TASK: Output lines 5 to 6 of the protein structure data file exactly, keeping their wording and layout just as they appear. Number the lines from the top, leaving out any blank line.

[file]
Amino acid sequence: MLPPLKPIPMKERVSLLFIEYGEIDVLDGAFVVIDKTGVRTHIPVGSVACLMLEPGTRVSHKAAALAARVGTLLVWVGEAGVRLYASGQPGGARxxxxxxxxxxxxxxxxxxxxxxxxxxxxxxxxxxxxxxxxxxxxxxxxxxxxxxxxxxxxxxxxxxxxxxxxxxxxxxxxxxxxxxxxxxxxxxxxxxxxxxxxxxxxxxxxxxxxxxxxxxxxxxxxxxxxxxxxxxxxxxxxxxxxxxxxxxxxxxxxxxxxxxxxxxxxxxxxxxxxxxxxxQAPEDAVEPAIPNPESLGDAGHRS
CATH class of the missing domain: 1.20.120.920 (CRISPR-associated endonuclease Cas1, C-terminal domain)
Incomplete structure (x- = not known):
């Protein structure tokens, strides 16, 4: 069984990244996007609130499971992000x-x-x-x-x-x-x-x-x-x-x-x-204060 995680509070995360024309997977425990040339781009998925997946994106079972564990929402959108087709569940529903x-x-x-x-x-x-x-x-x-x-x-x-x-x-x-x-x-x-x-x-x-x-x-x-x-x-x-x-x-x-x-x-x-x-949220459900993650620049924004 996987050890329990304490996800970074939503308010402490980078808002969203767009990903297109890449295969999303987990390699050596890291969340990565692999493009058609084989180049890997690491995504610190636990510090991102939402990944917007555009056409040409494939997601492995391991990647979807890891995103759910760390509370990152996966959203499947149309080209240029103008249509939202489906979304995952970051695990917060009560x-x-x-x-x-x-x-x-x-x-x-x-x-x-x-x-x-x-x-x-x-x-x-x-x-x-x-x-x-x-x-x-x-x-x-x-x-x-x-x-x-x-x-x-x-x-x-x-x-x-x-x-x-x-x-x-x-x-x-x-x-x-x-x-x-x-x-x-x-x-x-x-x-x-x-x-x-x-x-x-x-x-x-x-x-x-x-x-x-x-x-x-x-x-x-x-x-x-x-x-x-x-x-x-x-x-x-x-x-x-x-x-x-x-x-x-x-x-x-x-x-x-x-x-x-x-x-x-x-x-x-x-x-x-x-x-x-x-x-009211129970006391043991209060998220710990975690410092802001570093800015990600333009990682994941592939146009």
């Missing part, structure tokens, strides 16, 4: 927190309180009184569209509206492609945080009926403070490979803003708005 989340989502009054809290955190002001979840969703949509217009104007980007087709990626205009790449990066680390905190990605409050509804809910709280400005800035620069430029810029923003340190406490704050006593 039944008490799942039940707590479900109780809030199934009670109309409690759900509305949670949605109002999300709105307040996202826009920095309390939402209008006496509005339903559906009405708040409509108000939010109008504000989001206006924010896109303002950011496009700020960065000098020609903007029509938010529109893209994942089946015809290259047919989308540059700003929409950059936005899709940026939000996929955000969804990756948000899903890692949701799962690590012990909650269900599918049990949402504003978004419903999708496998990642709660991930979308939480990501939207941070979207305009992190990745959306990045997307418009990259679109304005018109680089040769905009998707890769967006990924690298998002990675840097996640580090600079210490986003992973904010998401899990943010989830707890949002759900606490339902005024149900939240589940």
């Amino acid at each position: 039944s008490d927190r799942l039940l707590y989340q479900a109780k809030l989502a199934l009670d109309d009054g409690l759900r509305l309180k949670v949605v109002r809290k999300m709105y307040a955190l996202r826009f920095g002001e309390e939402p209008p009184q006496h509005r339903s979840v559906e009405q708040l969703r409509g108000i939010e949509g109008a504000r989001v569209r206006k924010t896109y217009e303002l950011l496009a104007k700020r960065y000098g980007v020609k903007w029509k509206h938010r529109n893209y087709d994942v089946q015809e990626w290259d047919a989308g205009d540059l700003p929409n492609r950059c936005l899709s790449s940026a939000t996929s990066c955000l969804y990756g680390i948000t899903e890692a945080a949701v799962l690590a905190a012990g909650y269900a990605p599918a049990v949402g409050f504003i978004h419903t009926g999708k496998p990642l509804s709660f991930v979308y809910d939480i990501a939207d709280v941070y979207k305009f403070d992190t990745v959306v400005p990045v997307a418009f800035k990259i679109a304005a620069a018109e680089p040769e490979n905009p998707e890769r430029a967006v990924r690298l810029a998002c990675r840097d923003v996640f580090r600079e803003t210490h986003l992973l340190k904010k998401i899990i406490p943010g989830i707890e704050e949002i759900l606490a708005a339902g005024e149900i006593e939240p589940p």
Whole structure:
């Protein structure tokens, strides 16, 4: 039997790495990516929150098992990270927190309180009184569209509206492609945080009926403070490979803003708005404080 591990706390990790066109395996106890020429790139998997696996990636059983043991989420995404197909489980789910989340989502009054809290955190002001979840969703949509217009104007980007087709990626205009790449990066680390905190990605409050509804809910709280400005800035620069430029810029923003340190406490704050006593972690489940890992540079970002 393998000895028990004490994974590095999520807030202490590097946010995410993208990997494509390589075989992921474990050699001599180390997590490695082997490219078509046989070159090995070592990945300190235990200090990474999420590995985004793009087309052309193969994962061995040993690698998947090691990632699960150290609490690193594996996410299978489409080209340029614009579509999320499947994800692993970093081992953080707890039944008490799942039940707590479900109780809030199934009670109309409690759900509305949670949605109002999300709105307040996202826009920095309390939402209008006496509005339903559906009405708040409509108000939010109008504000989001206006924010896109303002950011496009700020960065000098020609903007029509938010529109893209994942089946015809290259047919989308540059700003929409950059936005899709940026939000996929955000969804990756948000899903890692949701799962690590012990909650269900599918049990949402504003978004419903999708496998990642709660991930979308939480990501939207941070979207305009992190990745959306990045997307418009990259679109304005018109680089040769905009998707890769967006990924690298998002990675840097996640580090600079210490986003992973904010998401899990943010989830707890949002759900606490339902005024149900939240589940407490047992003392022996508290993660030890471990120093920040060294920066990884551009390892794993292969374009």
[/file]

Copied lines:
């Missing part, structure tokens, strides 16, 4: 927190309180009184569209509206492609945080009926403070490979803003708005 989340989502009054809290955190002001979840969703949509217009104007980007087709990626205009790449990066680390905190990605409050509804809910709280400005800035620069430029810029923003340190406490704050006593 039944008490799942039940707590479900109780809030199934009670109309409690759900509305949670949605109002999300709105307040996202826009920095309390939402209008006496509005339903559906009405708040409509108000939010109008504000989001206006924010896109303002950011496009700020960065000098020609903007029509938010529109893209994942089946015809290259047919989308540059700003929409950059936005899709940026939000996929955000969804990756948000899903890692949701799962690590012990909650269900599918049990949402504003978004419903999708496998990642709660991930979308939480990501939207941070979207305009992190990745959306990045997307418009990259679109304005018109680089040769905009998707890769967006990924690298998002990675840097996640580090600079210490986003992973904010998401899990943010989830707890949002759900606490339902005024149900939240589940």
């Amino acid at each position: 039944s008490d927190r799942l039940l707590y989340q479900a109780k809030l989502a199934l009670d109309d009054g409690l759900r509305l309180k949670v949605v109002r809290k999300m709105y307040a955190l996202r826009f920095g002001e309390e939402p209008p009184q006496h509005r339903s979840v559906e009405q708040l969703r409509g108000i939010e949509g109008a504000r989001v569209r206006k924010t896109y217009e303002l950011l496009a104007k700020r960065y000098g980007v020609k903007w029509k509206h938010r529109n893209y087709d994942v089946q015809e990626w290259d047919a989308g205009d540059l700003p929409n492609r950059c936005l899709s790449s940026a939000t996929s990066c955000l969804y990756g680390i948000t899903e890692a945080a949701v799962l690590a905190a012990g909650y269900a990605p599918a049990v949402g409050f504003i978004h419903t009926g999708k496998p990642l509804s709660f991930v979308y809910d939480i990501a939207d709280v941070y979207k305009f403070d992190t990745v959306v400005p990045v997307a418009f800035k990259i679109a304005a620069a018109e680089p040769e490979n905009p998707e890769r430029a967006v990924r690298l810029a998002c990675r840097d923003v996640f580090r600079e803003t210490h986003l992973l340190k904010k998401i899990i406490p943010g989830i707890e704050e949002i759900l606490a708005a339902g005024e149900i006593e939240p589940p």